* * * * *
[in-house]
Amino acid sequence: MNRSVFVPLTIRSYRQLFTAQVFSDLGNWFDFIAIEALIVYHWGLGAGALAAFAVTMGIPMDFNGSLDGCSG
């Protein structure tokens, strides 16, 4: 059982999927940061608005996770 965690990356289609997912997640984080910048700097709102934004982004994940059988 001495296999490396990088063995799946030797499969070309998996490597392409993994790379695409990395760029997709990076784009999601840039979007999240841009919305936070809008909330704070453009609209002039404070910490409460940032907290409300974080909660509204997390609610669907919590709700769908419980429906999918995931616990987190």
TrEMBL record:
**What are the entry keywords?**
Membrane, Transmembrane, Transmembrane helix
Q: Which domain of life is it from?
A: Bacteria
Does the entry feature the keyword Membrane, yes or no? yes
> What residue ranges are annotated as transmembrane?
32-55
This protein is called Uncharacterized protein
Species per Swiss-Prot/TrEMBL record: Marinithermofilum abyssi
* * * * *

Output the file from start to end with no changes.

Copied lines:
[in-house]
Amino acid sequence: MNRSVFVPLTIRSYRQLFTAQVFSDLGNWFDFIAIEALIVYHWGLGAGALAAFAVTMGIPMDFNGSLDGCSG
């Protein structure tokens, strides 16, 4: 059982999927940061608005996770 965690990356289609997912997640984080910048700097709102934004982004994940059988 001495296999490396990088063995799946030797499969070309998996490597392409993994790379695409990395760029997709990076784009999601840039979007999240841009919305936070809008909330704070453009609209002039404070910490409460940032907290409300974080909660509204997390609610669907919590709700769908419980429906999918995931616990987190």
TrEMBL record:
**What are the entry keywords?**
Membrane, Transmembrane, Transmembrane helix
Q: Which domain of life is it from?
A: Bacteria
Does the entry feature the keyword Membrane, yes or no? yes
> What residue ranges are annotated as transmembrane?
32-55
This protein is called Uncharacterized protein
Species per Swiss-Prot/TrEMBL record: Marinithermofilum abyssi